Inferring Survival and Mortality of Stranded Common Dolphins Off Cape Cod, MA Using Satellite Telemetry Data

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2020-04-24

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Abstract

Over the past decade, post-release monitoring of stranded cetaceans has been facilitated by the use of satellite-linked telemetry. On Cape Cod, 76 stranded common dolphins, (Delphinus delphis) have been released with satellite tags since 2012, leading to new discoveries about their behavior and habitat use. However, these tags seldom transmit for their entire battery life, leading to questions about the survival and mortality of animals following rescue. My project examined whether or not it is possible to infer post-release mortality through an analysis of three behavioral parameters: swim speed; turning angle; and number of messages received per day. Three individuals in this data set are known to have died because their carcasses were recovered on shore. I used data from these three animals to characterize behavioral patterns associated with known mortality. These three individuals had transmission periods ranging from less than one day to six days. I assume that 36 dolphins with transmission periods of longer than 21 days survived, and I examined the three behavioral parameters for signs of mortality in 27 dolphins for which transmission period was less than 21 days. Dolphins that were known to have died following release exhibited slower swim speeds (Kolmogorov-Smirnov=0.27, p=0.0002) and a smaller turning angle (KS=0.2, p=0.0047). The number of messages received per day was complicated by inconsistent duty cycling and limitations in maximum number of messages allowed per day and results from this analysis were inconclusive. Understanding the post-release survival and mortality of stranded and rescued marine mammals will help stranding programs determine which animals are good candidates for release and improve rescue techniques on the beach.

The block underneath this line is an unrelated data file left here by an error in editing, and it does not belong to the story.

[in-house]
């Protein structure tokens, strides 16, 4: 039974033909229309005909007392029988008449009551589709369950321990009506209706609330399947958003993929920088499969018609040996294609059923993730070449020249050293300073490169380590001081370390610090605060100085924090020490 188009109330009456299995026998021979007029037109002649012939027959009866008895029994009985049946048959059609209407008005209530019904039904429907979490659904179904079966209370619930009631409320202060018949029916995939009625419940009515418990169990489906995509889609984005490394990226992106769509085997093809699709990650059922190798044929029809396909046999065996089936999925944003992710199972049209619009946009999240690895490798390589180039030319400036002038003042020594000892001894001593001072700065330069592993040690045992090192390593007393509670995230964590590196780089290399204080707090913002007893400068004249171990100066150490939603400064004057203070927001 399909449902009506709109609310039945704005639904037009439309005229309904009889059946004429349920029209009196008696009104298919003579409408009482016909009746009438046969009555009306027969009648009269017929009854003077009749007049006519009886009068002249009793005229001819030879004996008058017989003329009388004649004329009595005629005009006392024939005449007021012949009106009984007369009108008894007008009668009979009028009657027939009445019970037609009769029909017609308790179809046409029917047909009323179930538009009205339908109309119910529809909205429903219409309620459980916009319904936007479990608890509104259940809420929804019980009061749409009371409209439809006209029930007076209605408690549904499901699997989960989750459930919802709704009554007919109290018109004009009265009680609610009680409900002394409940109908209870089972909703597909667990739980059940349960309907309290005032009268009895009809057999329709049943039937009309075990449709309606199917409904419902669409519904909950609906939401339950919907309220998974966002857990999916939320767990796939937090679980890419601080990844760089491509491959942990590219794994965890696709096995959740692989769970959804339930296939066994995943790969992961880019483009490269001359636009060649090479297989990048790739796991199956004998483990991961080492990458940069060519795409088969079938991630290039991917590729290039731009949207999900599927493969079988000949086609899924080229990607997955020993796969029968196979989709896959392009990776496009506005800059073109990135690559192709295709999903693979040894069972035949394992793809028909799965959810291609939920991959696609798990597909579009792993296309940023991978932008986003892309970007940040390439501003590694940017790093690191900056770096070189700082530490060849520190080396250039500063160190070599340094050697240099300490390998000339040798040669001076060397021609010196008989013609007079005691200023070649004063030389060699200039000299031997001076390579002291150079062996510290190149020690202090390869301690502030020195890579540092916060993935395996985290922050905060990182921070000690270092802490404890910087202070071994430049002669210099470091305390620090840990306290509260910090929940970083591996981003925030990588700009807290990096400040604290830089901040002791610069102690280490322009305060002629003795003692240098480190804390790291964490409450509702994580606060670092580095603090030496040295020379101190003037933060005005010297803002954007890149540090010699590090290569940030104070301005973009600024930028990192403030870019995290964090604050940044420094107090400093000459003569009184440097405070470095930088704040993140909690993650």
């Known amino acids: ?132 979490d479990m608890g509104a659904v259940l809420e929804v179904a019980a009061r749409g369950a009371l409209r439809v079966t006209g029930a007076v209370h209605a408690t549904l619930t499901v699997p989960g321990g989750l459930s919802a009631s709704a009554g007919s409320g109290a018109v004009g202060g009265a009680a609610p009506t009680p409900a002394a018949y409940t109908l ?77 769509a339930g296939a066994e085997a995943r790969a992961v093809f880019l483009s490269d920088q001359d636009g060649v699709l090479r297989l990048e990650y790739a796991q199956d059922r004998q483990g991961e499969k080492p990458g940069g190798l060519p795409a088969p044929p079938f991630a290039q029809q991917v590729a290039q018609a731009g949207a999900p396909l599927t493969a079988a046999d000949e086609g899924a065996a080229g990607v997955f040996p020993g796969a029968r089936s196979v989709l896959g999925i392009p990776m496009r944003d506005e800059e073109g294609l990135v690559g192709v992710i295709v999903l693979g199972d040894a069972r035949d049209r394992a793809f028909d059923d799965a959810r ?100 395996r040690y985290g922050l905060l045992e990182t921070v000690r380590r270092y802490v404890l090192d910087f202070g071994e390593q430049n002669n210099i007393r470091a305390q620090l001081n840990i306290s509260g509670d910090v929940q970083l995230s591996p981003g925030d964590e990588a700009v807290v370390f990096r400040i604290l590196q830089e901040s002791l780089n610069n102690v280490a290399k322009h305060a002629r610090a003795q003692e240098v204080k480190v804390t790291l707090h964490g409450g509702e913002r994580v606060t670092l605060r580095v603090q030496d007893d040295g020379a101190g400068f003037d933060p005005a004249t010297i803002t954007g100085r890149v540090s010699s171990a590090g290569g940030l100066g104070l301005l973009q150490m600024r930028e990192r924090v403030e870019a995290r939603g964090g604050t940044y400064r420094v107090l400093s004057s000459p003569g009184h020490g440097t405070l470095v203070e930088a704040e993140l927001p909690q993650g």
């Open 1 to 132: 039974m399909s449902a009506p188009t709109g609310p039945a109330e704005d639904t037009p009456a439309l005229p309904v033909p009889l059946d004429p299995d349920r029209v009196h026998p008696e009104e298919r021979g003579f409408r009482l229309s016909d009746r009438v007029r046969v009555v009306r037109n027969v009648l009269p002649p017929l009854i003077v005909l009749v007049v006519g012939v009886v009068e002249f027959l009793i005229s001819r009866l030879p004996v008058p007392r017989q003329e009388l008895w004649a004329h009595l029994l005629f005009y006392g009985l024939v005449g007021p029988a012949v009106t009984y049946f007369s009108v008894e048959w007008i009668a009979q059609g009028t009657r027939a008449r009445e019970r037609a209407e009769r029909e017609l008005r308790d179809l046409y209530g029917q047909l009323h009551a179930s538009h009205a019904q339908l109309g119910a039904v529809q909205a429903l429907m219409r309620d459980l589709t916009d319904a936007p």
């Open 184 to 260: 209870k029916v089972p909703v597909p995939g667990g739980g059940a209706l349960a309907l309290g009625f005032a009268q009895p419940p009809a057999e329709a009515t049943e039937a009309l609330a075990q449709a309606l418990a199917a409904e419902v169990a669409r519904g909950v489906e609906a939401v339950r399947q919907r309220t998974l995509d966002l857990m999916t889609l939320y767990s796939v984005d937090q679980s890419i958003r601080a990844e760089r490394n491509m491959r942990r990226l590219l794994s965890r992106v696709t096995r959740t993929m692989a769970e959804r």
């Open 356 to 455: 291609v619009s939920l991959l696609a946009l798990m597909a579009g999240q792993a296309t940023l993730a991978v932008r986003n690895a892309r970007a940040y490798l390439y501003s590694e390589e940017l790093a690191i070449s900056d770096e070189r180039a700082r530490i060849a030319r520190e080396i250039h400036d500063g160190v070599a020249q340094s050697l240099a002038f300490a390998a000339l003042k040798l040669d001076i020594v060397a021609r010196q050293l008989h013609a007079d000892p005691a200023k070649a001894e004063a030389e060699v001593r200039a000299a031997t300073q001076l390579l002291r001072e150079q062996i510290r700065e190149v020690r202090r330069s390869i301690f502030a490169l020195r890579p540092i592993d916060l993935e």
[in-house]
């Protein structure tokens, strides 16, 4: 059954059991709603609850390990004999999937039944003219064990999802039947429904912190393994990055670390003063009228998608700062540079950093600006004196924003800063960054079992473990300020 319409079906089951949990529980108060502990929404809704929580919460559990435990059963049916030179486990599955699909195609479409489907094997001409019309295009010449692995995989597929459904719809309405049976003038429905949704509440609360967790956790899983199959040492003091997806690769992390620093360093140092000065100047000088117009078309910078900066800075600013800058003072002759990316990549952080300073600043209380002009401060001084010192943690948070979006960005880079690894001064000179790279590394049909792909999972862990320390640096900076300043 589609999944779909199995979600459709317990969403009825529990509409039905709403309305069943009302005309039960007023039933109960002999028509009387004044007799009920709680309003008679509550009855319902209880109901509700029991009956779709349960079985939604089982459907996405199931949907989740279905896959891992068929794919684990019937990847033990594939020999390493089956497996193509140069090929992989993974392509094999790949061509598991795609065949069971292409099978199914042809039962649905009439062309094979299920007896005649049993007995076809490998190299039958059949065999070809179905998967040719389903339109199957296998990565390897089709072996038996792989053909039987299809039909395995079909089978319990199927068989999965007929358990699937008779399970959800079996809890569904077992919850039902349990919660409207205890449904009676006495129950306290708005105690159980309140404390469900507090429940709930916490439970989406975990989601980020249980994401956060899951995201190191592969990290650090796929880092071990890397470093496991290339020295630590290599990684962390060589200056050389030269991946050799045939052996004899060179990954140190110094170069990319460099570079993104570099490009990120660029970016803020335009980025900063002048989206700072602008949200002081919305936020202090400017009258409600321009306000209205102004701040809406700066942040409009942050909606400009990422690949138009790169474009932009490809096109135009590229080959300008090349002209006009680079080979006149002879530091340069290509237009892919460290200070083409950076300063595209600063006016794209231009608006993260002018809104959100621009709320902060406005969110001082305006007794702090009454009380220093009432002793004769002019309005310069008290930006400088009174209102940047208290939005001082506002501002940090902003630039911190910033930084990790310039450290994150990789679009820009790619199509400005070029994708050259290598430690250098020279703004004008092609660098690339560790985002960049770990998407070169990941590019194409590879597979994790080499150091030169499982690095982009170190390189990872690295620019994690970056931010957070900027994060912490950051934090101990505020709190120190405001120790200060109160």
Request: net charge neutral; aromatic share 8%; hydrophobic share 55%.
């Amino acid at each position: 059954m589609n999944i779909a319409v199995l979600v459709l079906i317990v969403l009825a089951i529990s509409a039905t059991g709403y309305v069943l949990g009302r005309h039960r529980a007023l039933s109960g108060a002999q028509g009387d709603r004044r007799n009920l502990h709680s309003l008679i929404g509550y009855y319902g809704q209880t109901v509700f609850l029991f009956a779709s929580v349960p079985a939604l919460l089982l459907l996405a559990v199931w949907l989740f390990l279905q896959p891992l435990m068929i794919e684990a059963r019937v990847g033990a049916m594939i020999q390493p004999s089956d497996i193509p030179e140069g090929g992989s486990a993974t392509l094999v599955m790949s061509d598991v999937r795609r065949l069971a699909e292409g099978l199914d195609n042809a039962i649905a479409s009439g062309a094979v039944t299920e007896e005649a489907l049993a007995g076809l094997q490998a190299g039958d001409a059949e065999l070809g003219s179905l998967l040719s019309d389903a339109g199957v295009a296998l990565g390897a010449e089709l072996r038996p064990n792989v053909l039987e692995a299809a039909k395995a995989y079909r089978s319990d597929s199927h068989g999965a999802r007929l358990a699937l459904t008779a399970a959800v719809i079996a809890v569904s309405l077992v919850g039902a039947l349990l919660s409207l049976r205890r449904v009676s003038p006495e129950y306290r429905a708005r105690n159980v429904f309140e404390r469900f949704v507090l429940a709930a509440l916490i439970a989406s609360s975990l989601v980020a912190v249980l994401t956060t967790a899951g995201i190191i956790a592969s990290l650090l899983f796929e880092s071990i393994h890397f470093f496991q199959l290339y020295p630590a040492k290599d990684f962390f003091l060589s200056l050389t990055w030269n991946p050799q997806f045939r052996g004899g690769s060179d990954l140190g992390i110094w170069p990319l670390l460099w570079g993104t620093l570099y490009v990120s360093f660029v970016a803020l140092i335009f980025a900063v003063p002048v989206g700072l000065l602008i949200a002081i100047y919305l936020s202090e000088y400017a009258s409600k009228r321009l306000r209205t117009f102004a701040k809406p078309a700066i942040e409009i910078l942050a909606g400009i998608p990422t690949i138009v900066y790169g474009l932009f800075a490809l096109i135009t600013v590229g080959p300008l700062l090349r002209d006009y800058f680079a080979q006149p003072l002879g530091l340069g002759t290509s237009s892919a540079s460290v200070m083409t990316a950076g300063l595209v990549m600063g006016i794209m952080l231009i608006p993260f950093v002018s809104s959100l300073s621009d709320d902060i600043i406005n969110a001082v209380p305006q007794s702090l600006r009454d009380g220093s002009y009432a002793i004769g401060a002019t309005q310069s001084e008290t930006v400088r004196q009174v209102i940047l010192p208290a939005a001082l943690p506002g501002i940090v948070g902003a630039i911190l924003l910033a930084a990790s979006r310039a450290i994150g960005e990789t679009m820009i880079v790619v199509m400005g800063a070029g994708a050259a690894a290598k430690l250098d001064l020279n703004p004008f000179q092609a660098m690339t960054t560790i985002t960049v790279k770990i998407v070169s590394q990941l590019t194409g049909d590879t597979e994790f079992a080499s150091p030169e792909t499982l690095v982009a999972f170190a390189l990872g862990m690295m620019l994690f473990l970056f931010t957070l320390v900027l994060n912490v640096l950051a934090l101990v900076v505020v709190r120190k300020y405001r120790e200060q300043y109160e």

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White, Audrey (2020). Inferring Survival and Mortality of Stranded Common Dolphins Off Cape Cod, MA Using Satellite Telemetry Data. Master's project, Duke University. Retrieved from https://hdl.handle.net/10161/20526.


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